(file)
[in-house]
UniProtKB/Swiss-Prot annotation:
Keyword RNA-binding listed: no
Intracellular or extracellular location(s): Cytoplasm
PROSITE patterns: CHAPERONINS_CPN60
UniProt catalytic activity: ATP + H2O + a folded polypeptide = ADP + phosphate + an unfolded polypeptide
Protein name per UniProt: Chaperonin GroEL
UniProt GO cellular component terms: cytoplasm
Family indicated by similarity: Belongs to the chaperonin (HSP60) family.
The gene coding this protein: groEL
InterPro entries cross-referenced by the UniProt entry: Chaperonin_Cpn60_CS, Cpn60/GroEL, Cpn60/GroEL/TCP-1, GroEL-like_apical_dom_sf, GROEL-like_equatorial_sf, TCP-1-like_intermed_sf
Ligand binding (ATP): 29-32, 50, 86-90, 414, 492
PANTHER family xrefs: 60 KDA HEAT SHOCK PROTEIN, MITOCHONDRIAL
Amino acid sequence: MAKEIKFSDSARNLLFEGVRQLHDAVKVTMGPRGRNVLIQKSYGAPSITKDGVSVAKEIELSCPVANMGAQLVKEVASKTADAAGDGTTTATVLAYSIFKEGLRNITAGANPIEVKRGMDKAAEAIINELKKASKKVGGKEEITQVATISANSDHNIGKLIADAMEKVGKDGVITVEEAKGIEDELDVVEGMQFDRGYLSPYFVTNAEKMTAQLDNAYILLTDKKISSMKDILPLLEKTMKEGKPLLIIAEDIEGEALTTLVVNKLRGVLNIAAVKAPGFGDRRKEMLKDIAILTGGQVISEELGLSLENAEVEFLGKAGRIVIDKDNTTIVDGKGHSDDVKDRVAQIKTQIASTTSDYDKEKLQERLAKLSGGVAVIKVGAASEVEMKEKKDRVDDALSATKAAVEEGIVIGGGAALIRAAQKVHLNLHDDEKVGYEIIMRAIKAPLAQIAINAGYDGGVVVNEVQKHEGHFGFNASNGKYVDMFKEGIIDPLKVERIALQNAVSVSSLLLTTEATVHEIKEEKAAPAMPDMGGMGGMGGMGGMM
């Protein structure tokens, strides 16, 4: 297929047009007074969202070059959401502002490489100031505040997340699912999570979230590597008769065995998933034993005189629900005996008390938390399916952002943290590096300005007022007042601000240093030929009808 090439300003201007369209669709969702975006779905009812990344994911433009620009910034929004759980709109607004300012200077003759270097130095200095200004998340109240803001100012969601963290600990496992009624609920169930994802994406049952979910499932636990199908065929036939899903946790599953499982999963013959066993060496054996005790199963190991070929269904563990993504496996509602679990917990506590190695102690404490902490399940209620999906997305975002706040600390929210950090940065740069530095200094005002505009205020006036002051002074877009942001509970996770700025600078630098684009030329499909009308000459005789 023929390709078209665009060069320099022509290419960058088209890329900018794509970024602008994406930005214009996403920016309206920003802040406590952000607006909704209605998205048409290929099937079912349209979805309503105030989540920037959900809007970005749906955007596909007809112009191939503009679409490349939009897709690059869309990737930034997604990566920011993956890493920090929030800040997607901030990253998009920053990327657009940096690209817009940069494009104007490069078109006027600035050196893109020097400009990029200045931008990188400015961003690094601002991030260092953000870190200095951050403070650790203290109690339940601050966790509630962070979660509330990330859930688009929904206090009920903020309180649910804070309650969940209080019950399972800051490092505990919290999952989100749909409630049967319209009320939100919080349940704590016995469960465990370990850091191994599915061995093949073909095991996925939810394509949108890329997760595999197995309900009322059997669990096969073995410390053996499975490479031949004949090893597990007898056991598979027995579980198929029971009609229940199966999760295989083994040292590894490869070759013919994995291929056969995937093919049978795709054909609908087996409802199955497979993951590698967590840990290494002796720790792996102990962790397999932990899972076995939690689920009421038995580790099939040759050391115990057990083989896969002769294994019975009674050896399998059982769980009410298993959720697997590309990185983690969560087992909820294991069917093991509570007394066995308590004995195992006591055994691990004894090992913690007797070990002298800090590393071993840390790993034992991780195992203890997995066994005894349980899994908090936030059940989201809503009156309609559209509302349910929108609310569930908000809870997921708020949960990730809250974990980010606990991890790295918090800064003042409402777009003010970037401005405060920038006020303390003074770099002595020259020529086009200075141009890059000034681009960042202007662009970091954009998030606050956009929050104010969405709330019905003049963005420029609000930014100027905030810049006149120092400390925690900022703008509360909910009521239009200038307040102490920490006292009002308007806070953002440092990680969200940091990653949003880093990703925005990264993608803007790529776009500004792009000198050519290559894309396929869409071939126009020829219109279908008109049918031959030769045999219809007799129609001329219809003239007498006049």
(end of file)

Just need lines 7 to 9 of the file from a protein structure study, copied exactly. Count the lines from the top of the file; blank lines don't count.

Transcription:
Protein name per UniProt: Chaperonin GroEL
UniProt GO cellular component terms: cytoplasm
Family indicated by similarity: Belongs to the chaperonin (HSP60) family.